The first time I viewed Rick Griffin’s artwork was in an issue of one of those 60’s hot rod magazines. Ed “Big Daddy” Roth, a 50s - 60s artist, cartooonist and pinstriper best known for his grotesque caricatures, typified by Rat Fink-- had created a family of “Monster” icons driving period Chevy's or Fords in blazing colors. Roth's grotesque monster icons eventually appeared on the backs of sweatshirts and t-shirts.

Rick Griffin had created some artwork for Roth, who had at the time become famous for the “Rat Fink” icon he created. Later on I noted that Rick’s art began to appear in issues of SURFER Magazine. His self-revealing cartoon, “Murphy,” a clean-cut teenage surfer of the 60’s, would decades later become a skeleton icon riding majestic ocean waves.

As the sixties progressed and the San Francisco music scene evolved, Rick Griffin, who had become an original icon of the counter-culture  movement at the time, was called upon to create promotional concert posters for the Fillmore West and other San Francisco Bay Area shows. In addition he was asked to create rock album covers (for such bands as the Grateful Dead) at a prodigious rate.

At that time I was adding to my record collection as fast as I could, and many of those albums I purchased had covers penned and painted by Rick Griffin. For example, I really took to the silverfish glare on the first Quicksilver Messenger Service album cover.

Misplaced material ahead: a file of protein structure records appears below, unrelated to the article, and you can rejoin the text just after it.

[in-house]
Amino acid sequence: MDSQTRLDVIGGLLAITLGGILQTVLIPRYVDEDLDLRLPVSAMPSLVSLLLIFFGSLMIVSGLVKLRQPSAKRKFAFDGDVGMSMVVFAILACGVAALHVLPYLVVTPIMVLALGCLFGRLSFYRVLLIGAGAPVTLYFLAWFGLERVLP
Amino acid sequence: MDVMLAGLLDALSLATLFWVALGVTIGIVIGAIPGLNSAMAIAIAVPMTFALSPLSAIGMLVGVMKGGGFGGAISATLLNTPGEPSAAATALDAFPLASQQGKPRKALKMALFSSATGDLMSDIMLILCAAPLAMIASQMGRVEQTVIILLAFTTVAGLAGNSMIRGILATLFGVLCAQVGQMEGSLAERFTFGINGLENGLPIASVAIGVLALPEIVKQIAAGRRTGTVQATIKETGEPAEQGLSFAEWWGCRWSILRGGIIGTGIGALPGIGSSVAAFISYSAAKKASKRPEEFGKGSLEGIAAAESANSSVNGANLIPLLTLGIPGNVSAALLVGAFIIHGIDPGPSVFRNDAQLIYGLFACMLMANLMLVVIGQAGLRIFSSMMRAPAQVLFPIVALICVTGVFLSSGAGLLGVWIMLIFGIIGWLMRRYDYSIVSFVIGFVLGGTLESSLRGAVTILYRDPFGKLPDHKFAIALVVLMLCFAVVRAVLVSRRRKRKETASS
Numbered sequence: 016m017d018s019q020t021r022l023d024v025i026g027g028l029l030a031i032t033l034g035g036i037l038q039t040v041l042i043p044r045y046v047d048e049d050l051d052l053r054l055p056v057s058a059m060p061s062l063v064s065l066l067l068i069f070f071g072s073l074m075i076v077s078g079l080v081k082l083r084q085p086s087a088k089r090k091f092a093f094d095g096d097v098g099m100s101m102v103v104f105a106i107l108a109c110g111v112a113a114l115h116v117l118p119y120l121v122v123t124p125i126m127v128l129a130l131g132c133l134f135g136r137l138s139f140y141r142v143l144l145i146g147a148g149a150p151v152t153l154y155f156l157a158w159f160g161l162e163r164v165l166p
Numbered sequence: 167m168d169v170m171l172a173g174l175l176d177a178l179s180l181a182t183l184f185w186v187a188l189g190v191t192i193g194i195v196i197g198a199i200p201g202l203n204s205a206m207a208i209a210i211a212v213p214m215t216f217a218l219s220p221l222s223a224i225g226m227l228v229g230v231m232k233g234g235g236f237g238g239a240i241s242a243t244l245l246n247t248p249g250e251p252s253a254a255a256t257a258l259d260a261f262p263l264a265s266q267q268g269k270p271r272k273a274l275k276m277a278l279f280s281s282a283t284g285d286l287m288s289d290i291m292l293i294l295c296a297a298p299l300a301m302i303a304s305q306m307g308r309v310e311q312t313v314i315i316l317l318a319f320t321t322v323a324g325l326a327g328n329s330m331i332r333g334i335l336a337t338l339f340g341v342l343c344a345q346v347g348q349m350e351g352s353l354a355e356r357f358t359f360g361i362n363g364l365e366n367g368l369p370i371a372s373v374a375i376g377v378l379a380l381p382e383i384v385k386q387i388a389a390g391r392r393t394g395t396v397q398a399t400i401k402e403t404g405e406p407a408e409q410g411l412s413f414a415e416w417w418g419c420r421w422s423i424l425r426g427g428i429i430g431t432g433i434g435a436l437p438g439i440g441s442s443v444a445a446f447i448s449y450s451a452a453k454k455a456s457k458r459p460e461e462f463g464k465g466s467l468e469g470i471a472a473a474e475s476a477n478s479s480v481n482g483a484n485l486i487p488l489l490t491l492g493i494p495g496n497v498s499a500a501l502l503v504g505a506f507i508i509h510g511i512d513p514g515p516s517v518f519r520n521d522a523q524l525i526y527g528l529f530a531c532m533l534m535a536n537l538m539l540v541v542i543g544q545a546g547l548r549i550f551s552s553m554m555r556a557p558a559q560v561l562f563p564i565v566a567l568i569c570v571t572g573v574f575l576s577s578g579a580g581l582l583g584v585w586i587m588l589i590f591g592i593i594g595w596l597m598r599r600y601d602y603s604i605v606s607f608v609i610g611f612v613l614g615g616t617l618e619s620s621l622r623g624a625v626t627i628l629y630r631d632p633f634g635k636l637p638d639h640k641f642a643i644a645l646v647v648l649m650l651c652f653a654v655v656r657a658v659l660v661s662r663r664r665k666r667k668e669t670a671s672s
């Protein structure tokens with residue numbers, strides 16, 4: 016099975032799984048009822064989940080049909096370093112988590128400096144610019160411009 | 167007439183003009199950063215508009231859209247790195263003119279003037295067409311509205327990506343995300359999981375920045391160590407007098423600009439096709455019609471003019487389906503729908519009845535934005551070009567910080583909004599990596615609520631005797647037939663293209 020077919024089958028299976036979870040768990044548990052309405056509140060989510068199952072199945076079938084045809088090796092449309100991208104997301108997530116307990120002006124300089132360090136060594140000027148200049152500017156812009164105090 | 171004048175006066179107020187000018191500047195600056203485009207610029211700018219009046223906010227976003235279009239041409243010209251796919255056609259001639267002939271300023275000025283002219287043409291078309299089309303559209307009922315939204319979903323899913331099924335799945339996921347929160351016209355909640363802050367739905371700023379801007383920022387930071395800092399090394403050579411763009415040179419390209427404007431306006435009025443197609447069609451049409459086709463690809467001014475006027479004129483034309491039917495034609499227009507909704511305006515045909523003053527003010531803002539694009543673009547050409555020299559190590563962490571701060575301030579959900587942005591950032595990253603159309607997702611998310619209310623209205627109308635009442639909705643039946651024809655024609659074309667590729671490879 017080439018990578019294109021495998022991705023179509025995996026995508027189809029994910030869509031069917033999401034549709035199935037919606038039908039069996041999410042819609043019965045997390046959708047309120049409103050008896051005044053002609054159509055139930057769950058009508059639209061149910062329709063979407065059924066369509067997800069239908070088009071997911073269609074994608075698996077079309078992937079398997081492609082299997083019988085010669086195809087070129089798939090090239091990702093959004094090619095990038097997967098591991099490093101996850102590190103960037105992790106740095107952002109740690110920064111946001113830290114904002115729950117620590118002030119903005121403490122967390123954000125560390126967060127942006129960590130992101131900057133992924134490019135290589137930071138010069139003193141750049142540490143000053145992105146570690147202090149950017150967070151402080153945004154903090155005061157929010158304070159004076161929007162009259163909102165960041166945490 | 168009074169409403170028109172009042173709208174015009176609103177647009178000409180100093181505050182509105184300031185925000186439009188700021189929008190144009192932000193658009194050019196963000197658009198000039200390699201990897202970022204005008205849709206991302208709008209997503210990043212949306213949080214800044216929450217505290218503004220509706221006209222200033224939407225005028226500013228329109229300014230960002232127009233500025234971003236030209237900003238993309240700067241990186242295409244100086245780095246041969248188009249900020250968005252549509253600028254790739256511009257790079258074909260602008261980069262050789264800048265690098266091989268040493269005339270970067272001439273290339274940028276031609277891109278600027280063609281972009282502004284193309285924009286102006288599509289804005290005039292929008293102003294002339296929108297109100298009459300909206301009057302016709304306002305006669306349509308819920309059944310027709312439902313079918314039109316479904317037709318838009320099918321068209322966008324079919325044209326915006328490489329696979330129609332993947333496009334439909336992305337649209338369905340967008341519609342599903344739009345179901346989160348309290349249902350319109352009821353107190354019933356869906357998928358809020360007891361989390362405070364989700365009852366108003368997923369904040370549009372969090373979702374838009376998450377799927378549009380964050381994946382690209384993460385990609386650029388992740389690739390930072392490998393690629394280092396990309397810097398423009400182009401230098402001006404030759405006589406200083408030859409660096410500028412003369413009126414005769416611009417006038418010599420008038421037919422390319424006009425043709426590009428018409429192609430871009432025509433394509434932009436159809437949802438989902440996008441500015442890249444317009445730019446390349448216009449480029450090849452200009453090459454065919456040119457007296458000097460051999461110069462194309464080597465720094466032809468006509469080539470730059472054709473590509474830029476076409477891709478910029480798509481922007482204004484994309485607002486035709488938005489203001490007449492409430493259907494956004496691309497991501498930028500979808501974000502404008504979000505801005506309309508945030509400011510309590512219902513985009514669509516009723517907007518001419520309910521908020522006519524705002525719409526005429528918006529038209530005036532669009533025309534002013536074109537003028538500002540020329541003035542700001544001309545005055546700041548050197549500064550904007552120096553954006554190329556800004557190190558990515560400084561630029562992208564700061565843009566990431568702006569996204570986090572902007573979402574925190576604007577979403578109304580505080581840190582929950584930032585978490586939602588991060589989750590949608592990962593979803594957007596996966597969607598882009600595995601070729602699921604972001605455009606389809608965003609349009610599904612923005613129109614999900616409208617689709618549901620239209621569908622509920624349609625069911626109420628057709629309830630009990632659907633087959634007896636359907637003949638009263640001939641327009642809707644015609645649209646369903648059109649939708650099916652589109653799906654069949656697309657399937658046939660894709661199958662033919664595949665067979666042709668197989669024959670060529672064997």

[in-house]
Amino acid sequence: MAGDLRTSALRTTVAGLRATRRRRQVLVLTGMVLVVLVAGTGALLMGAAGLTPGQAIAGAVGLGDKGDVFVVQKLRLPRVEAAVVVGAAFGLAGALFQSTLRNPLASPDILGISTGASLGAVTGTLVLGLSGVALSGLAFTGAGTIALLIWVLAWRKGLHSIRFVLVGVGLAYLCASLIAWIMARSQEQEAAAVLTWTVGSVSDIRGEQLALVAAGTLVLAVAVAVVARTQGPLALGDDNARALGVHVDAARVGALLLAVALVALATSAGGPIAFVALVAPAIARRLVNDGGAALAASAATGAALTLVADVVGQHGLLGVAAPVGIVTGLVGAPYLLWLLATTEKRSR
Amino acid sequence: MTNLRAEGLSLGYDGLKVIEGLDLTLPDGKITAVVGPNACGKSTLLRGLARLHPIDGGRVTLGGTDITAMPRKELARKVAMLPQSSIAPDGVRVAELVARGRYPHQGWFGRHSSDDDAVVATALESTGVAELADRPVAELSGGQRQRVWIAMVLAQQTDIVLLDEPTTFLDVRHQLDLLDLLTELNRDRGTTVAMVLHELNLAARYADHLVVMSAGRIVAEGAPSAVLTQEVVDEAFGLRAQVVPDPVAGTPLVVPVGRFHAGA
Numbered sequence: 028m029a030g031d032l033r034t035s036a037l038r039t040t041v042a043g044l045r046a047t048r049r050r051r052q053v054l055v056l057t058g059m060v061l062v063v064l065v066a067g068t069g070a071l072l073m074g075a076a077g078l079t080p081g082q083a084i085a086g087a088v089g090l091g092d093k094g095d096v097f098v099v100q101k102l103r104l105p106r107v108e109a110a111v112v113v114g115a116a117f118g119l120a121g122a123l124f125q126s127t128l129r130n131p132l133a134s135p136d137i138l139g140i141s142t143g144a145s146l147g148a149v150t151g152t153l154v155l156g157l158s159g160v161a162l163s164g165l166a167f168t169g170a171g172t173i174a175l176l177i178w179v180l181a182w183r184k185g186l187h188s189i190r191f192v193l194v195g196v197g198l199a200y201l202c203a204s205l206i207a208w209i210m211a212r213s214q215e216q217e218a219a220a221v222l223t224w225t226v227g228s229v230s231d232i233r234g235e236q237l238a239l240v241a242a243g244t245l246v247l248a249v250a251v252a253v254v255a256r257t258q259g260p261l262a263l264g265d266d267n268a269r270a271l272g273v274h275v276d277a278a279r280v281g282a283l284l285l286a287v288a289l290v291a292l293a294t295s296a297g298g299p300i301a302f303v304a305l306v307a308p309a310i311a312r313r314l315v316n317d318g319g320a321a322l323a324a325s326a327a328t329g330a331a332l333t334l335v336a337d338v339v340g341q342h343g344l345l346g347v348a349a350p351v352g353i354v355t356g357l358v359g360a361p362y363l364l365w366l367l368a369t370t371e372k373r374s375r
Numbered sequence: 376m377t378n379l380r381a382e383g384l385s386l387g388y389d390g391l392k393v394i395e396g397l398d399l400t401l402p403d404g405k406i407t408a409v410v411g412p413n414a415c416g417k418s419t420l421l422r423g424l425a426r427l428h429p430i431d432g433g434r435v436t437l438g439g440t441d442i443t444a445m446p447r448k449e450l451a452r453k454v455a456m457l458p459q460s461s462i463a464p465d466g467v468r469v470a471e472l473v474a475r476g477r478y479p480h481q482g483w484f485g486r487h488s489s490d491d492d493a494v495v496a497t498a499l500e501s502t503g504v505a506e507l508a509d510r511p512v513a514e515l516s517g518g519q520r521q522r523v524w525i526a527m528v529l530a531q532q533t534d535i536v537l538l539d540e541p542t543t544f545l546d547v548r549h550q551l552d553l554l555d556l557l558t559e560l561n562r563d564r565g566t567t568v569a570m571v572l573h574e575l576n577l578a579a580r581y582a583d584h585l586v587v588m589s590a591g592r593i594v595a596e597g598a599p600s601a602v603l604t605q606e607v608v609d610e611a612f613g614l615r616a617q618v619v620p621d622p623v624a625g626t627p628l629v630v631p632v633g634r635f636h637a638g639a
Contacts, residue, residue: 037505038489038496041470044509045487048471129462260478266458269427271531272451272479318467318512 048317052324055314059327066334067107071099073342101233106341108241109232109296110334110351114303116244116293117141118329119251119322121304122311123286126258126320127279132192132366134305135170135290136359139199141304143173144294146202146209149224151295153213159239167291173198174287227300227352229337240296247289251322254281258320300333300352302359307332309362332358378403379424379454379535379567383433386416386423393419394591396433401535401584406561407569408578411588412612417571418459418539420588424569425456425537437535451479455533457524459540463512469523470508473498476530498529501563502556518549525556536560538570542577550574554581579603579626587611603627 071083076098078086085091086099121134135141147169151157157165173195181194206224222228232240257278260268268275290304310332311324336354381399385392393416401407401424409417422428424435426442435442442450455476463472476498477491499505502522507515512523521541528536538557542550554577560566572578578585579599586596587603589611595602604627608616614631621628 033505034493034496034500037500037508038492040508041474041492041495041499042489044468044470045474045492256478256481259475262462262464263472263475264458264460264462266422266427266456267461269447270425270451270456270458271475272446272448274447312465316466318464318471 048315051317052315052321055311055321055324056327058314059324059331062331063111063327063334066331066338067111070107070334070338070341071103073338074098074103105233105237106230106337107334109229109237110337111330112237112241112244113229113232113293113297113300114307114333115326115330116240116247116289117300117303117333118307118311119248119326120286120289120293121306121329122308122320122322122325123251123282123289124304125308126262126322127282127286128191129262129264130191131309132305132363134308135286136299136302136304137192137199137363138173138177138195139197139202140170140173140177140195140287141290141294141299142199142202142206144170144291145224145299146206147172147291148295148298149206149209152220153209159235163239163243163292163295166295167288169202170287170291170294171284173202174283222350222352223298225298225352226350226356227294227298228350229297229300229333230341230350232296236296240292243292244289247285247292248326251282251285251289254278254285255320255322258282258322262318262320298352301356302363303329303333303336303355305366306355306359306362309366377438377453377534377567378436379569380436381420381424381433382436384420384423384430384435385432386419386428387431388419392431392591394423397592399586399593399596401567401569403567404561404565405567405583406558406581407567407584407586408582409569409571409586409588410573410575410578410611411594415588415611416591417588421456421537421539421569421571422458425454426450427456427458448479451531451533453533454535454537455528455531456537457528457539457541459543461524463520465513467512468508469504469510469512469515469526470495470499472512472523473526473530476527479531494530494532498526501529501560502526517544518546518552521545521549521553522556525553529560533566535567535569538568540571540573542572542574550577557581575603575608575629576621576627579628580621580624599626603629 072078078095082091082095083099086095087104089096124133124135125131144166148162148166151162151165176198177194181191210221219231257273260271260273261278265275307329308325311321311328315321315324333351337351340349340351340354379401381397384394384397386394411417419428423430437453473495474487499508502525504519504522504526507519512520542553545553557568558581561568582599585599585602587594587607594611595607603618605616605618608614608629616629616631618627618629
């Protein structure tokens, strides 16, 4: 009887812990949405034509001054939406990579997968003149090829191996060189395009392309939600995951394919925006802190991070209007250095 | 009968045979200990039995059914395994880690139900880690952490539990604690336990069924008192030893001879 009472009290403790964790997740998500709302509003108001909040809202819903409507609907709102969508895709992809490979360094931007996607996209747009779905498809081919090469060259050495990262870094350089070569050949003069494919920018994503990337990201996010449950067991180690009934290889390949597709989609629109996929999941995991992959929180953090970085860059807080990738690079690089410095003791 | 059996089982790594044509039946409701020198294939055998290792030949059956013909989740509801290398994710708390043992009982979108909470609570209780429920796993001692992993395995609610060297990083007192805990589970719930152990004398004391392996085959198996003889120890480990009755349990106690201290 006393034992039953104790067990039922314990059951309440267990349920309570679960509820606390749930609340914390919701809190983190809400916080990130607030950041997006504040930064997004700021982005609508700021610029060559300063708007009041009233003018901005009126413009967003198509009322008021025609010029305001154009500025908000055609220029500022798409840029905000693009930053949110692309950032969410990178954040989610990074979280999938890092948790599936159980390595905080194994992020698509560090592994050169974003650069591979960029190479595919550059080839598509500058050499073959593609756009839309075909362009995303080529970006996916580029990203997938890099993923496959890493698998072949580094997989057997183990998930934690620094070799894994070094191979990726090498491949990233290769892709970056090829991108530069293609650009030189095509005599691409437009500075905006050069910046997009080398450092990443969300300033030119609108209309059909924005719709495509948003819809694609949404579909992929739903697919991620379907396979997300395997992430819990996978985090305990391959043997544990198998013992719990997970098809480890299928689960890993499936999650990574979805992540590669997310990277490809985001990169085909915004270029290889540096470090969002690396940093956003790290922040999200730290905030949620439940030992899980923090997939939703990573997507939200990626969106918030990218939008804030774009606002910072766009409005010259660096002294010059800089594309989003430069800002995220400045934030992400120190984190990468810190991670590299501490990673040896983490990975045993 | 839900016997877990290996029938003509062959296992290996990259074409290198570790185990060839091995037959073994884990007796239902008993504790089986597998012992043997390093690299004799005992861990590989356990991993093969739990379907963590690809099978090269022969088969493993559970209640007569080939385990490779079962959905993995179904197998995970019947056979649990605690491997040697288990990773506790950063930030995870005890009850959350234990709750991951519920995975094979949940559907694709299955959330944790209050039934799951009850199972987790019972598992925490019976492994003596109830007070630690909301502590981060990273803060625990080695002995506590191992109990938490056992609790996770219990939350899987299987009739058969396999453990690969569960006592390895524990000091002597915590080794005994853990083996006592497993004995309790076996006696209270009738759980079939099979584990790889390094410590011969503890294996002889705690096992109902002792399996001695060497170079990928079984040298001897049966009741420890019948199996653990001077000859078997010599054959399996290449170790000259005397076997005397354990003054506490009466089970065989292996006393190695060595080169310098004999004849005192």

In the late 60’s Griffin got a job with SURFER Magazine and returned to his roots. By now Rick had a family, and one of his daughters wound up in my mother’s kindergarten class. She told me about this quirky long-haired man, and I knew it was Griffin right away.

I had already purchased Griffin’s first book, “Utopia,” and I prompted her to ask him to sign it. He did. “Best Wishes, Rick Griffin.”

Money was hard to come by that year, and Rick offered to let my mother choose a piece of art from his studio. My mother picked a small drawing that happened to be a poignant black and white self-portrait. It was one of his favorites, too.

My mother had explained to Rick that she felt one of his daughters was gifted and it made him very happy. Later on I met up with Rick’s wife, Ida and her daughters at of Rick’s more noteworthy exhibitions in Laguna Beach. Hurley™ surf wear put a lot into promoting the exhibition, and it was well-attended all summer. The docent at the museum was surprised it did so well.

Over the years I collected many prized Rick Griffin memorabilia; many of them second hand. Looking back, I wish I had purchased the “Save our Mother Ocean” t-shirt fro the 70’s. However, I did have a couple of other cool t-shirts from that era.

At one point I hired Rick to draw a black and white poster to promote my surfing project, “Surf Lines,” which illustrates a Hopi Indian with wings on his back, riding a curled ocean wave tube. If you are a Griffin lover and explore my website, you’ll find other fascinating artwork gems.

If you wish to purchase individual pieces, Rick’s work is for sale on EBAY, on psychedelic art websites and on Grateful Dead websites. However if you’re a serious collector of Griffin memorabilia, ask about purchasing pieces as a “Collection.”

I share my collection with the world so others may come to appreciate Rick’s genius. I will gladly remove any item that violates someone’s copyright.